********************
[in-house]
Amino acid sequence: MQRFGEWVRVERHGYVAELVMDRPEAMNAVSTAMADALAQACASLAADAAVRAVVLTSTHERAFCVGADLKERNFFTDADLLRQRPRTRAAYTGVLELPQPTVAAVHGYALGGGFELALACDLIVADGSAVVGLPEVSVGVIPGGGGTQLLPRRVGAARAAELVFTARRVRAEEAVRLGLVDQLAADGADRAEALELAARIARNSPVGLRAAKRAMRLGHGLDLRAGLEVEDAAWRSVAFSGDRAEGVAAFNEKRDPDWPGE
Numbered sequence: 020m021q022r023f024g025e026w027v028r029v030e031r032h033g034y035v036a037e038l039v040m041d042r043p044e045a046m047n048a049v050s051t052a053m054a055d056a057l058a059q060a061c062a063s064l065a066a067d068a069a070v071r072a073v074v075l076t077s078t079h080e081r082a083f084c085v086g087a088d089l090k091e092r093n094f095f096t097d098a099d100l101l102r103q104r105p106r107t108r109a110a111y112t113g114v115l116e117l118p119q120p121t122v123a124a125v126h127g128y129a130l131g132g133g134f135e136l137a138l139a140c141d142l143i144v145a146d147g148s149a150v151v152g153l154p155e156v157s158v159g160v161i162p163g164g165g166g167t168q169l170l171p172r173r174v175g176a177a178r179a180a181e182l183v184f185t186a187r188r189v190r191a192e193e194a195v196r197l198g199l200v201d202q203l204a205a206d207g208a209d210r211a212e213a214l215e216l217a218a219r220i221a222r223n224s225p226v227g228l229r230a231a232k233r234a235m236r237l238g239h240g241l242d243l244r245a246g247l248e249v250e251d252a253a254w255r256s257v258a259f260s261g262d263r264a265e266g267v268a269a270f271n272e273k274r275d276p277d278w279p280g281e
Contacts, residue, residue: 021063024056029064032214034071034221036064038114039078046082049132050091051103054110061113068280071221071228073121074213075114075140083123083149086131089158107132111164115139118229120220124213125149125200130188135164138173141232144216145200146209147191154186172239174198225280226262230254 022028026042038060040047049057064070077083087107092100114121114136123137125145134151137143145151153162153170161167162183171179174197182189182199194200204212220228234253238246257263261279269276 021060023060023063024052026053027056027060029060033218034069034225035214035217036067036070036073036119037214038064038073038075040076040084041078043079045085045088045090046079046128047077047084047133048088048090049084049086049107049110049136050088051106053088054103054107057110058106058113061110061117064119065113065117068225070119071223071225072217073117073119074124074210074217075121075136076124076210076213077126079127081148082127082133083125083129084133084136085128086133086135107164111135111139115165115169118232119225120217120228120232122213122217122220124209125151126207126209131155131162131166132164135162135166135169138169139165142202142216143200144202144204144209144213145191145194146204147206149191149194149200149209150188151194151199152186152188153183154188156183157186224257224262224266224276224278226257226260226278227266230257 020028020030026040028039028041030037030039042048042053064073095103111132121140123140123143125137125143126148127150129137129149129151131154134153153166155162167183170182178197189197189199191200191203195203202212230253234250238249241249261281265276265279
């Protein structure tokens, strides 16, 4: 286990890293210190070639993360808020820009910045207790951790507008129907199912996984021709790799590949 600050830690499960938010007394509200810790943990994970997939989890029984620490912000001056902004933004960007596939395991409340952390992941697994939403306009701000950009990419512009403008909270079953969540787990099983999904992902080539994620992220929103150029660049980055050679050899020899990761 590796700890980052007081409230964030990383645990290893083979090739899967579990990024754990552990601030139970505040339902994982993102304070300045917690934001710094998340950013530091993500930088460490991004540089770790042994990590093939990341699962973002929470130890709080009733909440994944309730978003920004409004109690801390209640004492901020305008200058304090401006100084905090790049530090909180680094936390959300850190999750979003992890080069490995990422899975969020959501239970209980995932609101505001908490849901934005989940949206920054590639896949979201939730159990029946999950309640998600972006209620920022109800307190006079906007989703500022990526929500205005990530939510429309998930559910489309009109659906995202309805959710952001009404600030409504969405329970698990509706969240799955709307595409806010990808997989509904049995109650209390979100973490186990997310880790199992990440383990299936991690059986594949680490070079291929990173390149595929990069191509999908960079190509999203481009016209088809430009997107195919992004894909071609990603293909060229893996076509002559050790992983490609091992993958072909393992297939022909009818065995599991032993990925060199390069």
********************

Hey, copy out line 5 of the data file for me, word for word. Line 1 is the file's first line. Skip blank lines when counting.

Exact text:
């Protein structure tokens, strides 16, 4: 286990890293210190070639993360808020820009910045207790951790507008129907199912996984021709790799590949 600050830690499960938010007394509200810790943990994970997939989890029984620490912000001056902004933004960007596939395991409340952390992941697994939403306009701000950009990419512009403008909270079953969540787990099983999904992902080539994620992220929103150029660049980055050679050899020899990761 590796700890980052007081409230964030990383645990290893083979090739899967579990990024754990552990601030139970505040339902994982993102304070300045917690934001710094998340950013530091993500930088460490991004540089770790042994990590093939990341699962973002929470130890709080009733909440994944309730978003920004409004109690801390209640004492901020305008200058304090401006100084905090790049530090909180680094936390959300850190999750979003992890080069490995990422899975969020959501239970209980995932609101505001908490849901934005989940949206920054590639896949979201939730159990029946999950309640998600972006209620920022109800307190006079906007989703500022990526929500205005990530939510429309998930559910489309009109659906995202309805959710952001009404600030409504969405329970698990509706969240799955709307595409806010990808997989509904049995109650209390979100973490186990997310880790199992990440383990299936991690059986594949680490070079291929990173390149595929990069191509999908960079190509999203481009016209088809430009997107195919992004894909071609990603293909060229893996076509002559050790992983490609091992993958072909393992297939022909009818065995599991032993990925060199390069």